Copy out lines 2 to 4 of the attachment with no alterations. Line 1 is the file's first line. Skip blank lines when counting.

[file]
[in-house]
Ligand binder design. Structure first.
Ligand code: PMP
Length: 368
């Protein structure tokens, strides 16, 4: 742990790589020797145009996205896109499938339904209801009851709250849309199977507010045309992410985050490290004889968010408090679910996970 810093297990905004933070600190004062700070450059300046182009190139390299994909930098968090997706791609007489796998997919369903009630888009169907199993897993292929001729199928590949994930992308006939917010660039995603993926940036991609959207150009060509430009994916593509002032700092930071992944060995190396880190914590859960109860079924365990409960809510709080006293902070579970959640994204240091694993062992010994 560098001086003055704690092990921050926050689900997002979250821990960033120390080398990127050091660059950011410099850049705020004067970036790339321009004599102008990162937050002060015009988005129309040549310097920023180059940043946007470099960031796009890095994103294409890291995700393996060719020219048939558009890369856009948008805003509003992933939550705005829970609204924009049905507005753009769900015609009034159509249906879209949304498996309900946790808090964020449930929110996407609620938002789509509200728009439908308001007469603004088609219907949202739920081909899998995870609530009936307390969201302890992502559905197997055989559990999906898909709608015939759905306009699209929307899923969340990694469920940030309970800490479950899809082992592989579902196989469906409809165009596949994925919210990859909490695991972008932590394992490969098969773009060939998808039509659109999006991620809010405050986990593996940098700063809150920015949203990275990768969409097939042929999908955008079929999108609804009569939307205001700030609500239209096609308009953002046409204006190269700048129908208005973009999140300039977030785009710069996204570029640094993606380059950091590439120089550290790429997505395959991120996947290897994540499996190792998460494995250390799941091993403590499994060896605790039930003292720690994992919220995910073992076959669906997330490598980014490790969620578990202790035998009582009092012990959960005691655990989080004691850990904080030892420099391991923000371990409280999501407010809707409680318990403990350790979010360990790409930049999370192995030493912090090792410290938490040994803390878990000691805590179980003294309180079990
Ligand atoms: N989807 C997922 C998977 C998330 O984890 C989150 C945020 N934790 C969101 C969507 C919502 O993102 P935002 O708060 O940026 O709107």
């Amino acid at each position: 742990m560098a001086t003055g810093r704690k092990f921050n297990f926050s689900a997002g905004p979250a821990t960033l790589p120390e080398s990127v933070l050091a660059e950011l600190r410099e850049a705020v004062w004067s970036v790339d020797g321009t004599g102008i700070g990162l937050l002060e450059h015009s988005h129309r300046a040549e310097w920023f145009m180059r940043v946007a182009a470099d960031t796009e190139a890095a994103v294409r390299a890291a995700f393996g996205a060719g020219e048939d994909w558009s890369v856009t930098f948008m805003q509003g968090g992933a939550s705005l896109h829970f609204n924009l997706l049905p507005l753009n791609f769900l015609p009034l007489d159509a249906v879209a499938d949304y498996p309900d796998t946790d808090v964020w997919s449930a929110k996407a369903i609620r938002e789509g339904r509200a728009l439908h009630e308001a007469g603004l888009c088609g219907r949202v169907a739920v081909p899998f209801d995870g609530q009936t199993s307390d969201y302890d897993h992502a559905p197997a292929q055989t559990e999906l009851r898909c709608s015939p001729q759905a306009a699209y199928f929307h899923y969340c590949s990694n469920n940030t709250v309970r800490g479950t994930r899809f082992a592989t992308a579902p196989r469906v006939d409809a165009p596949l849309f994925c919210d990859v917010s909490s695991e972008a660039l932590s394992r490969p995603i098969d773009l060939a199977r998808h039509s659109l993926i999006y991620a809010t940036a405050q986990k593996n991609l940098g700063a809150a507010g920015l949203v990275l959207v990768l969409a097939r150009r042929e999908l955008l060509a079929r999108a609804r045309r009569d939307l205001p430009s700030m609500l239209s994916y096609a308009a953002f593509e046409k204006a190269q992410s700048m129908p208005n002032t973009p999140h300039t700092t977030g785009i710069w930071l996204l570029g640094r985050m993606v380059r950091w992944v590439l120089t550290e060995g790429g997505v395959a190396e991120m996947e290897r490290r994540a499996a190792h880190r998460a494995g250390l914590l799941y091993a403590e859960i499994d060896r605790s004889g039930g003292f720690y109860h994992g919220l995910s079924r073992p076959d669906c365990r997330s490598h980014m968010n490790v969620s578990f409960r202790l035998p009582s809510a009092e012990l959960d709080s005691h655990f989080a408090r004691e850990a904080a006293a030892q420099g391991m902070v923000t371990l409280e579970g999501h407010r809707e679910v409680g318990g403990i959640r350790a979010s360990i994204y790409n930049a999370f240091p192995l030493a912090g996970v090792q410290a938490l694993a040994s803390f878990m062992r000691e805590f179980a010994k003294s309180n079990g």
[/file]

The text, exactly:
Ligand binder design. Structure first.
Ligand code: PMP
Length: 368